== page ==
Every one of EA Sports' active franchises has now made an appearance on the next-generation consoles. Rory McIlroy PGA Tour is the last to release, so now I suppose we can stop calling the PlayStation 4 and Xbox One next-gen consoles.
Instead of releasing in 2014, the developers chose to hold back the series debut until this year. Meanwhile, HB Studios released the very formidable The Golf Club on PC in August 2014 and on PS4 and XB1 in April 2015.
For the first time since Links 2004 was released, EA Sports' golf series has some competition. Armed with the world's No. 1 golfer as the new cover athlete replacing Tiger Woods, RMPT is ready for public consumption. Here's how EA Sports' newest release shakes out.
Pretty Grass, OK People
Thanks to the Frostbite 3 engine, the environments for RMPT come alive like no other golf simulation before it. From buzzing mosquitoes to varying levels of grass, other vegetation and menacing-looking alligators in the waters of the fictional Wetlands GC, this is a living environment.
The player renders are good, but not quite as sharp as the environments. The slightly downgraded player models are a noticeable contrast from the courses, which are boosted by fantastic lighting and textures.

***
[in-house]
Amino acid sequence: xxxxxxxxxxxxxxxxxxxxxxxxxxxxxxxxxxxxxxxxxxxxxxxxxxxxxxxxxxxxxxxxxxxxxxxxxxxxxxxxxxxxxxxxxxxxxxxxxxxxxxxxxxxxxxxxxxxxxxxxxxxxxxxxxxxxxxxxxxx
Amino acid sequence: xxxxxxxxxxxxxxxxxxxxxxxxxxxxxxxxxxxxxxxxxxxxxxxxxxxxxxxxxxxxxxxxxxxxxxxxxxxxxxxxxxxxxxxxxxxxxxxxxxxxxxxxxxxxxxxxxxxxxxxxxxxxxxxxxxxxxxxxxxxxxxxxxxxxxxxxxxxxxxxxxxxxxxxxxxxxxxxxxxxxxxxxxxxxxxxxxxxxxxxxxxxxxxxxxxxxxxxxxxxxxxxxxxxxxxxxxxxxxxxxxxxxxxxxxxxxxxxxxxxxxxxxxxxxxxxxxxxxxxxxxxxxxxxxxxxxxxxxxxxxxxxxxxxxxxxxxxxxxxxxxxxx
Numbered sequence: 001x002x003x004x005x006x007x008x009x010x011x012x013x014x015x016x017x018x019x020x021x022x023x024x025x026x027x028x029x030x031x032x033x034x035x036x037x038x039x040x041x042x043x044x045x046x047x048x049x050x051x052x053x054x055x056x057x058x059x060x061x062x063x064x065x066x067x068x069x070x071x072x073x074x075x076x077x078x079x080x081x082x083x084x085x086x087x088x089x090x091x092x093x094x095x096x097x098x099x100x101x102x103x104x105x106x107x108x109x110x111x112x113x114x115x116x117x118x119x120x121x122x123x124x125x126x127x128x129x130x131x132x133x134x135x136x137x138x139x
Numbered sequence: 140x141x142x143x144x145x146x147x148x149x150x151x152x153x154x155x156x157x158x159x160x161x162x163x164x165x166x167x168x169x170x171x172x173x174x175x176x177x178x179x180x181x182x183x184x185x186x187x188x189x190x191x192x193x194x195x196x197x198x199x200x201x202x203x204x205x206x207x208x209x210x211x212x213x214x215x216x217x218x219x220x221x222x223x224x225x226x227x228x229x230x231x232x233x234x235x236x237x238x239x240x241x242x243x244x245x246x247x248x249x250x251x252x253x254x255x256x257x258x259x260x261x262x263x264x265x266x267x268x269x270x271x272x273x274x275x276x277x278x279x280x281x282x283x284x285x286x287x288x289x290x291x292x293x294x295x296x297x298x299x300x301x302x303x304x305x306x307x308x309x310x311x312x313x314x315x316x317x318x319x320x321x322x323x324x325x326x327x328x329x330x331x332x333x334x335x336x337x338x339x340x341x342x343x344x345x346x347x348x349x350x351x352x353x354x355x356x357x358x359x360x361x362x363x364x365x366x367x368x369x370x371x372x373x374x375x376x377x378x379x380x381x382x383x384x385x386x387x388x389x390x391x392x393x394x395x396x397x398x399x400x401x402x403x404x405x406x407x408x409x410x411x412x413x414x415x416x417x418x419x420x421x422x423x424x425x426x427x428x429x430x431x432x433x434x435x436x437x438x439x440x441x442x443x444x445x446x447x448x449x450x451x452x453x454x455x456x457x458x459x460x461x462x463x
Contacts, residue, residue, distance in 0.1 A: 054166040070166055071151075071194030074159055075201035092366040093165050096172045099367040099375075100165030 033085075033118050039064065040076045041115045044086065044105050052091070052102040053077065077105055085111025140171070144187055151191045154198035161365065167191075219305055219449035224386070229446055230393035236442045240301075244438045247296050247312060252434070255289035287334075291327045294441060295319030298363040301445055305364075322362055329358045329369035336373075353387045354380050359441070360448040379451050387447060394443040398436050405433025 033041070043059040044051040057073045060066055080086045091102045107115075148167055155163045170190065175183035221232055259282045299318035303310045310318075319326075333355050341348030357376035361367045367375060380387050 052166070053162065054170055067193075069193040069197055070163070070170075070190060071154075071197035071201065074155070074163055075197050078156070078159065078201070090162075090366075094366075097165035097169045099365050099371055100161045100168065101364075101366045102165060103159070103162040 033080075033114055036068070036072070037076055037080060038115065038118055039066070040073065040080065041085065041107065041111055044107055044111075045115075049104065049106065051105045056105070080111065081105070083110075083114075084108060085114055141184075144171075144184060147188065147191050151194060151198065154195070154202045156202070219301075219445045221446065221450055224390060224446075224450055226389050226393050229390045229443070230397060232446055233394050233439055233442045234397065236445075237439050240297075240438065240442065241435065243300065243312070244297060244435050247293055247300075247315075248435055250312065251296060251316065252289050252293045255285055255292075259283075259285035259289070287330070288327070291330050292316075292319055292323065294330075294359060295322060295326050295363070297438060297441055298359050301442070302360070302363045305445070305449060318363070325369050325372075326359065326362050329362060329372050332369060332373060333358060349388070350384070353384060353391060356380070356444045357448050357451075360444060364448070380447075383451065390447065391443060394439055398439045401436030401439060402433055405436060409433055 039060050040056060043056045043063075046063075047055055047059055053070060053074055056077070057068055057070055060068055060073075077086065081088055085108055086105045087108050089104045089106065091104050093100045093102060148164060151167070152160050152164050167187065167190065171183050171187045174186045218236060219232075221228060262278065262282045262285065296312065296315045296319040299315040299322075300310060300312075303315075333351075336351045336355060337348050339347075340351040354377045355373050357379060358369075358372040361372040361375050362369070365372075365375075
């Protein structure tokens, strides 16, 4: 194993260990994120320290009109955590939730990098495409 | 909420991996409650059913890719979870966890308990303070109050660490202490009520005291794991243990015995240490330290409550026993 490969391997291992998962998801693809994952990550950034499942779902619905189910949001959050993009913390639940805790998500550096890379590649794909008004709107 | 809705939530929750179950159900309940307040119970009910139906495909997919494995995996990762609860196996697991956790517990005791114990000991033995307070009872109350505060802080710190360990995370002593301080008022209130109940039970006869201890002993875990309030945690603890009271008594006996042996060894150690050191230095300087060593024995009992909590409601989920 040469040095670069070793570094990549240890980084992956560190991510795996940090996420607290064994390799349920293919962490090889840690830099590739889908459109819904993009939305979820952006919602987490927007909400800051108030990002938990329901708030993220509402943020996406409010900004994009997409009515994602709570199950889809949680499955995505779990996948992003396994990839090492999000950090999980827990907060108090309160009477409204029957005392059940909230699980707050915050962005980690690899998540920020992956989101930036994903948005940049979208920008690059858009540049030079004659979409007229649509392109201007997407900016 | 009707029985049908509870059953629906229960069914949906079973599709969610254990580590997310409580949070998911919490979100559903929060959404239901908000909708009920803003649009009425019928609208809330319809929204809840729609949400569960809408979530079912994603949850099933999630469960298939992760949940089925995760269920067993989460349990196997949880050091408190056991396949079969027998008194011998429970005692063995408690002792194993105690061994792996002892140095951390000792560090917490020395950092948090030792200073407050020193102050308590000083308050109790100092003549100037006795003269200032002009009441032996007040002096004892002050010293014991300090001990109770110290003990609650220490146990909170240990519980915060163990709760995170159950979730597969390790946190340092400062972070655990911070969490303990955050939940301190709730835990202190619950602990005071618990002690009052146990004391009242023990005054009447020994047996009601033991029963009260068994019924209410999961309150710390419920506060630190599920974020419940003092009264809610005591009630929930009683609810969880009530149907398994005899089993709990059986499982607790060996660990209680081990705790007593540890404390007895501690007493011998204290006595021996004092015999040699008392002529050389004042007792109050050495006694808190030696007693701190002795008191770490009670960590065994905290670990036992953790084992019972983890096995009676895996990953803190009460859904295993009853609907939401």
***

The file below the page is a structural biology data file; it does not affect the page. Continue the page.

I don't hate the way the players look, but I don't love them.
RMPT allows gamers to choose their gameplay style. You can go with the simplistic arcade style, classic—which is the old three-click system that veterans of the series will remember—tour for the advanced player, or you can even customize a style.
With the latter, you can alter the swing mechanic, swing difficulty, shot shaping and nine other settings to pick the perfect style for the way you want to play. I'm a sucker for customization, so this was clearly the best option for me.
However, others might just prefer to stick to what they know. In any case, there's almost no way to imagine a gamer being unable to find his or her sweet spot with the controls.